A report has defended the significantly high cost of parking at Australian airports despite large volumes of complaints from consumers.
Despite masses of complaints from the public, the Productivity Commission has defended the cost of parking at Australian airports, which often exceeds the cost of an airline ticket.
A draft report released today claims consumers place too much value on “convenience” and the cost is justified. See an extract of the report here
“Many consumers resent the price of parking at a major airport because a few hours in a
short-term car park close to the terminal building can cost more than an airline ticket,” the report read.
“(Airports) are the sole provider and there are no substitutes for people who want the convenience of parking within a short walk to the terminal.
“People value the convenience of parking close to the terminal buildings. The
premium that users are prepared to pay for limited space close to terminals creates locational rents.”
The high cost of parking at airports affects many Australians; we are the nation with the highest number of domestic flight seats per capita in the world.
Airport operators hold a monopoly over parking stations next to terminals, but the report notes they are likely to “face greater competitive constraints in the market for at-distance carparking, provided the operators of independent car parks have access to airport terminals for their shuttle buses”.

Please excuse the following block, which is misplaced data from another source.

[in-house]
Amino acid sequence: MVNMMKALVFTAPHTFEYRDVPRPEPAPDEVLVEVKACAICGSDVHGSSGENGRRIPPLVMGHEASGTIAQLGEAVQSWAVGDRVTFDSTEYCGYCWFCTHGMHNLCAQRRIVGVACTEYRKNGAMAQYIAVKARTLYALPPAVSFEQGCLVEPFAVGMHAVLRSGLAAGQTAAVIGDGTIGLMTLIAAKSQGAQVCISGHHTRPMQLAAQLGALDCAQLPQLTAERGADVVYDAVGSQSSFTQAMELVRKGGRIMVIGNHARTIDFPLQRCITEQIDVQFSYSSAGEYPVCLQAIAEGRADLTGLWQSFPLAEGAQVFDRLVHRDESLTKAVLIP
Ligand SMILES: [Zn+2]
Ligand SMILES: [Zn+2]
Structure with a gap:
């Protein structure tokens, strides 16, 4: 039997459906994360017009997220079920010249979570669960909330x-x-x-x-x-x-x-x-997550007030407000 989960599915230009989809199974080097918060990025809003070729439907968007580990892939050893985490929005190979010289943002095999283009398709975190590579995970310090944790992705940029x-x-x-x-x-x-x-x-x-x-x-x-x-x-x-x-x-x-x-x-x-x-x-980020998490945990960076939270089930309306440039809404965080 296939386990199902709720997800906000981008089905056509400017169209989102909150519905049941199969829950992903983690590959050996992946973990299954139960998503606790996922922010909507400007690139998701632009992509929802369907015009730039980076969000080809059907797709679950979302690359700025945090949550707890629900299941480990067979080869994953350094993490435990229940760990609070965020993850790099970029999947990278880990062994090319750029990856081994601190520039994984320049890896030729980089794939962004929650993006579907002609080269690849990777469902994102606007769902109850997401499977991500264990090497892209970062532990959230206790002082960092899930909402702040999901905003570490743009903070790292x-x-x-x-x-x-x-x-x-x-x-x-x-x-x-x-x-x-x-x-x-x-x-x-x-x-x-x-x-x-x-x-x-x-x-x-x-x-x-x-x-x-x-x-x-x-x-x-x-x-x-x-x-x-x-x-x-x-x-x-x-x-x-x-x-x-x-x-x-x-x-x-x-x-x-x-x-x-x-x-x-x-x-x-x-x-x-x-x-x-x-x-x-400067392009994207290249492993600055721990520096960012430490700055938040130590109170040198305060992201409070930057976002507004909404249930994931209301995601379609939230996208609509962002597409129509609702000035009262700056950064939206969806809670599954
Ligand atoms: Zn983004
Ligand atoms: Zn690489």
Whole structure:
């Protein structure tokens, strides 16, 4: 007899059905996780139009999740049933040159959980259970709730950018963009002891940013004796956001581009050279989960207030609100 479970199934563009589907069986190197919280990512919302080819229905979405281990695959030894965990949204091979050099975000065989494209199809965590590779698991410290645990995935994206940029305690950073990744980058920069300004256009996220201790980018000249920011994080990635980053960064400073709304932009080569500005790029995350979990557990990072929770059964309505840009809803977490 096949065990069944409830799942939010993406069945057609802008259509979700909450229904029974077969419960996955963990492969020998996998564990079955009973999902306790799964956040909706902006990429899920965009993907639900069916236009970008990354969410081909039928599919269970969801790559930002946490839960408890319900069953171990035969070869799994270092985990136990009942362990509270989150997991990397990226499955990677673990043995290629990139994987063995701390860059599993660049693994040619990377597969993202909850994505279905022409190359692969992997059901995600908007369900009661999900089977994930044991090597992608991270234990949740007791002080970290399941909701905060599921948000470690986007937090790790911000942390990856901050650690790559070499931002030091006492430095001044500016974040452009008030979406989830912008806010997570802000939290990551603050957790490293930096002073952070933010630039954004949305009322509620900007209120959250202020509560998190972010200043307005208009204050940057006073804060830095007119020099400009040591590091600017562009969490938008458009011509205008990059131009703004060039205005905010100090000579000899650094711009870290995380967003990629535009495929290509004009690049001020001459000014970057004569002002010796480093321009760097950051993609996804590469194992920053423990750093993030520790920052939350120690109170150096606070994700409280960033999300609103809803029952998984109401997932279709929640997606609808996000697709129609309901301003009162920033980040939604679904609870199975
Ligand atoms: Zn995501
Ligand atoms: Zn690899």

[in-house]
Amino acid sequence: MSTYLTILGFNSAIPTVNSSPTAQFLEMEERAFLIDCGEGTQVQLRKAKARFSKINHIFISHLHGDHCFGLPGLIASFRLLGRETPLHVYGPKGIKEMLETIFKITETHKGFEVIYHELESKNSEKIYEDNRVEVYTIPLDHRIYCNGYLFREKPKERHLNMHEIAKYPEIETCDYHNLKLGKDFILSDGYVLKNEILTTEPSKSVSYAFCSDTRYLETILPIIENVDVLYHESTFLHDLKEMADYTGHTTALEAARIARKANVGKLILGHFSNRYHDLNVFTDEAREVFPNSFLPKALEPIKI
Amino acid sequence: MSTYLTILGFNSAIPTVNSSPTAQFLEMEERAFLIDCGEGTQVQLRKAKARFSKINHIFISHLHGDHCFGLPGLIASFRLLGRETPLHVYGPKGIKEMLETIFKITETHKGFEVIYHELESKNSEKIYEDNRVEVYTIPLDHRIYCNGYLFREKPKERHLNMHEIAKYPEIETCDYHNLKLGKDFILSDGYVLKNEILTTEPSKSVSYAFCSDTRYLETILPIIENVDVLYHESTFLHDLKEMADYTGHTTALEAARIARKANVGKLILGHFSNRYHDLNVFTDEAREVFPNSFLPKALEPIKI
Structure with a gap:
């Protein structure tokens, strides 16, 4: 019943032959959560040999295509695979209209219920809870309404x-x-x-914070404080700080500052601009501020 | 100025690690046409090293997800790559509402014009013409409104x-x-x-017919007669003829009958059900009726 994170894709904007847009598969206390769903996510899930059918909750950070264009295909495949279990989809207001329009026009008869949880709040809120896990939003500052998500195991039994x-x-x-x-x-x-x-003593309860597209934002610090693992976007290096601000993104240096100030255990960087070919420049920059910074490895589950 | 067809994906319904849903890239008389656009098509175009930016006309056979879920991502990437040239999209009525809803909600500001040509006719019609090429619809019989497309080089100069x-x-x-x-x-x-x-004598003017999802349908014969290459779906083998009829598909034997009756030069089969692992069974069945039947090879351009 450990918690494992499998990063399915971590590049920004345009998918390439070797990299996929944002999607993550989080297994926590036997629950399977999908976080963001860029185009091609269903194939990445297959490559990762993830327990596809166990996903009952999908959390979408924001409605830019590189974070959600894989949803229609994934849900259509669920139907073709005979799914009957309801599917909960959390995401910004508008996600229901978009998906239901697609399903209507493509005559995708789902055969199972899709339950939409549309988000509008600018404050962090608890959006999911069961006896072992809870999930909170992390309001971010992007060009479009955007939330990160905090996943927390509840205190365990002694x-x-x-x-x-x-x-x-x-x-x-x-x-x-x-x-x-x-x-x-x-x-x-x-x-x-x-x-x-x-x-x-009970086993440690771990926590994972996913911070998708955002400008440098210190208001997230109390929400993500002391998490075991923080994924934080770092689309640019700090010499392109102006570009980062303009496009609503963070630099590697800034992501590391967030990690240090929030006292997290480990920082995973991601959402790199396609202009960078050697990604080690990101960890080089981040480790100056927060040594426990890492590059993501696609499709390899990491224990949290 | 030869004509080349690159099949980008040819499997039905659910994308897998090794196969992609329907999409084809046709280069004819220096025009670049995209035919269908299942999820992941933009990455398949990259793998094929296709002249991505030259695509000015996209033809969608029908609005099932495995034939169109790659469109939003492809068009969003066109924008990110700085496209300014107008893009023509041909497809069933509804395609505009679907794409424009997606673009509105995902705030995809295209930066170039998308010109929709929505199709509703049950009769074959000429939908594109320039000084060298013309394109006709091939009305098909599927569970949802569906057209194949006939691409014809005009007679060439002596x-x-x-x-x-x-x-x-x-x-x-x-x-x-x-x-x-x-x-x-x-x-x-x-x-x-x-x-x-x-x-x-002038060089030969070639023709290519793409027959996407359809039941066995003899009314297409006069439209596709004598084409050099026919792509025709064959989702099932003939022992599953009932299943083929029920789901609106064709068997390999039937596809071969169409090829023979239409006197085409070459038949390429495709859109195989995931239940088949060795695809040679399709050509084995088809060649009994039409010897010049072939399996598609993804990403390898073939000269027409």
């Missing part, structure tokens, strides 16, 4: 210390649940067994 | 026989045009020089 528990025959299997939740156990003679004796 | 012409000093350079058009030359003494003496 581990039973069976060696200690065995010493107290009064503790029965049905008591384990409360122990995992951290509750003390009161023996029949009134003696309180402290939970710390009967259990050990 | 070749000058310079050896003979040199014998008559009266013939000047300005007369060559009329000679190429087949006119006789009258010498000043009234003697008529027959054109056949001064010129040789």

The report explains carpark pricing was used to “reduce congestion” at the most sought after parking spots. It said operating costs, including having CCTV cameras and “covered parking” that was “more costly to build and operate than open-air car parks”, added to the price.
The report dismisses the idea of airports exercising market power, saying the lack of market diversity is due to land being “scarce” as it’s used for other purposes including car rental businesses.
“Many consumers resent the cost of carparking at the monitored airports,” the report continued
“Carparking charges are not due to airports exercising their market power — the price of parking at-terminal can largely be explained by the value passengers place on convenience, the limited amount of land close to the terminal, and the need to manage congestion.”
The report said the cost could be compared to consumer spending on parking at hospitals, sporting venues and entertainment venues.
The report suggested consumers could use web-based apps to compare options to access airports, including Uber and taxis, before deciding to park on site to avoid being hit with “a nasty surprise”.
The Productivity Commission will deliver its final report to the Federal Government in June.